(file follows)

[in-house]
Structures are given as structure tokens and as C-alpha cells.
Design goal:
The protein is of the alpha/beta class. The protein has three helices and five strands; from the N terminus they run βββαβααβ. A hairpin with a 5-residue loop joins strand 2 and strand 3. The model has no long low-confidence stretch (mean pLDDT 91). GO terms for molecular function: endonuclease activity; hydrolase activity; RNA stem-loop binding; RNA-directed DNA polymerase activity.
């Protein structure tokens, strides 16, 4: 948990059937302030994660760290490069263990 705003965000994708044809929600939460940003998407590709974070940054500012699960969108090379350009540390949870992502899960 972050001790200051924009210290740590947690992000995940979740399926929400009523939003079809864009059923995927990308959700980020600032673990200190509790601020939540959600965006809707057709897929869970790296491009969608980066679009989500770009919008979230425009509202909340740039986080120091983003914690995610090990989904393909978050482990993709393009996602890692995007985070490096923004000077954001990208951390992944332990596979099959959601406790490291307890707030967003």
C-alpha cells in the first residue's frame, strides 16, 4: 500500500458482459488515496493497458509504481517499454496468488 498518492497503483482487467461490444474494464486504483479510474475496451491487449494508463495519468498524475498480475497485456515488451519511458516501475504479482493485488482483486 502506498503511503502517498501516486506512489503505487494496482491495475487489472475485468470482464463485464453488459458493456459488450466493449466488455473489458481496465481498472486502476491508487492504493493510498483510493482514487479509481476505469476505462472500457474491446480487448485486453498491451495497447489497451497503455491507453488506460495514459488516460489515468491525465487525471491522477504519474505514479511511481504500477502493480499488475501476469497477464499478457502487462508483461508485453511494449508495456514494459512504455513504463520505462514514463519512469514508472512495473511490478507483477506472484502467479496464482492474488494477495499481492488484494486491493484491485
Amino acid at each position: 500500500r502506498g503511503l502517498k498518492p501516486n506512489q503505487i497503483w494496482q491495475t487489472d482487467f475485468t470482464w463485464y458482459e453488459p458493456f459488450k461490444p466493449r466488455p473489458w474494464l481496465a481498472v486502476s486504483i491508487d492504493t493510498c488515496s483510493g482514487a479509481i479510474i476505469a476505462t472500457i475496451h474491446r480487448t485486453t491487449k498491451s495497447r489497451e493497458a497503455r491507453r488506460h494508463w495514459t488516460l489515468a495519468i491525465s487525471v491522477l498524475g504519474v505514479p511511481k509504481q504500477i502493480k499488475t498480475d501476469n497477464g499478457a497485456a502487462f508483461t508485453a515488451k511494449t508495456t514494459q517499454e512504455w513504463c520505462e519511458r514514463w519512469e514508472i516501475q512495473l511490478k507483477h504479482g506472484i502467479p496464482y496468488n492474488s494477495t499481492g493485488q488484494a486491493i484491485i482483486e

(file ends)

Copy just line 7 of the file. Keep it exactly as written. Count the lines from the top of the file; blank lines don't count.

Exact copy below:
Amino acid at each position: 500500500r502506498g503511503l502517498k498518492p501516486n506512489q503505487i497503483w494496482q491495475t487489472d482487467f475485468t470482464w463485464y458482459e453488459p458493456f459488450k461490444p466493449r466488455p473489458w474494464l481496465a481498472v486502476s486504483i491508487d492504493t493510498c488515496s483510493g482514487a479509481i479510474i476505469a476505462t472500457i475496451h474491446r480487448t485486453t491487449k498491451s495497447r489497451e493497458a497503455r491507453r488506460h494508463w495514459t488516460l489515468a495519468i491525465s487525471v491522477l498524475g504519474v505514479p511511481k509504481q504500477i502493480k499488475t498480475d501476469n497477464g499478457a497485456a502487462f508483461t508485453a515488451k511494449t508495456t514494459q517499454e512504455w513504463c520505462e519511458r514514463w519512469e514508472i516501475q512495473l511490478k507483477h504479482g506472484i502467479p496464482y496468488n492474488s494477495t499481492g493485488q488484494a486491493i484491485i482483486e